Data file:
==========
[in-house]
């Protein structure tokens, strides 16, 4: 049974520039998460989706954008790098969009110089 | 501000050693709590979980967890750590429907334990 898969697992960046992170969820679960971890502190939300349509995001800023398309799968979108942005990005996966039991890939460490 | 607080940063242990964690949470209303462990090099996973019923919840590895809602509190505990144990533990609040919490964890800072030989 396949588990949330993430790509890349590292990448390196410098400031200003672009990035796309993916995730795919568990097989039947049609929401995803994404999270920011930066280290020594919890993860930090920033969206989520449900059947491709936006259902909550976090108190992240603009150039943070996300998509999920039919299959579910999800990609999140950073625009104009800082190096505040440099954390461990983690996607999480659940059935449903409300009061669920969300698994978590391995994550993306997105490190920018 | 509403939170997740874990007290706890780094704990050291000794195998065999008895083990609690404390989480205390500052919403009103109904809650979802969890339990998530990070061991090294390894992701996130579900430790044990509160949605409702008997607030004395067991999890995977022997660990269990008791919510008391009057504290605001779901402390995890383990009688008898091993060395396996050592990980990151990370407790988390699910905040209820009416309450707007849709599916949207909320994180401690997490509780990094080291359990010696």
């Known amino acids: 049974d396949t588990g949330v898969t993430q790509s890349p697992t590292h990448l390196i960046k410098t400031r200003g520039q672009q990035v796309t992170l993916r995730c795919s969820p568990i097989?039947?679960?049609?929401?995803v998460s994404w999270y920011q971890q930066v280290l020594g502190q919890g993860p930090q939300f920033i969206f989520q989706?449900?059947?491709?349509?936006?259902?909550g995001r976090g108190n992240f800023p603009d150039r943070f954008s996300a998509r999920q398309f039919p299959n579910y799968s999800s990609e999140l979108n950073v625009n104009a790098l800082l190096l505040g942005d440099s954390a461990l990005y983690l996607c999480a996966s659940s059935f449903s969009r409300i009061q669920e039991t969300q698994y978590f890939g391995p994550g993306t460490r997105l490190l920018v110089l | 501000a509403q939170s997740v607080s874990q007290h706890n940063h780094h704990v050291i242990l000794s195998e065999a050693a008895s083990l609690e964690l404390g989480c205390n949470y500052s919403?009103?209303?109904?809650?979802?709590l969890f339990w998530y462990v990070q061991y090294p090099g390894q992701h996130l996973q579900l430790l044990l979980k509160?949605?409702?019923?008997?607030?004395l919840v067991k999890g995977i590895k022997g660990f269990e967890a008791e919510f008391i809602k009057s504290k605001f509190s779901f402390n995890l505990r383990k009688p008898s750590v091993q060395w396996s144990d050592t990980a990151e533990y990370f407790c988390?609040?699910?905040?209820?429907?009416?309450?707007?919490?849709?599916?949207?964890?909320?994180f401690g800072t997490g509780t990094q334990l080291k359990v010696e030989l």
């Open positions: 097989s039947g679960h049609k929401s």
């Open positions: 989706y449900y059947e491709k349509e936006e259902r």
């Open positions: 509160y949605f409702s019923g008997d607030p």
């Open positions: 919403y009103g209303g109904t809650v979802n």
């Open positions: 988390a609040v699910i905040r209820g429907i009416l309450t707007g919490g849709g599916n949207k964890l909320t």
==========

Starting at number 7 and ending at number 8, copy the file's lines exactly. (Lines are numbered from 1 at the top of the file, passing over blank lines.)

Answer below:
């Open positions: 919403y009103g209303g109904t809650v979802n």
């Open positions: 988390a609040v699910i905040r209820g429907i009416l309450t707007g919490g849709g599916n949207k964890l909320t």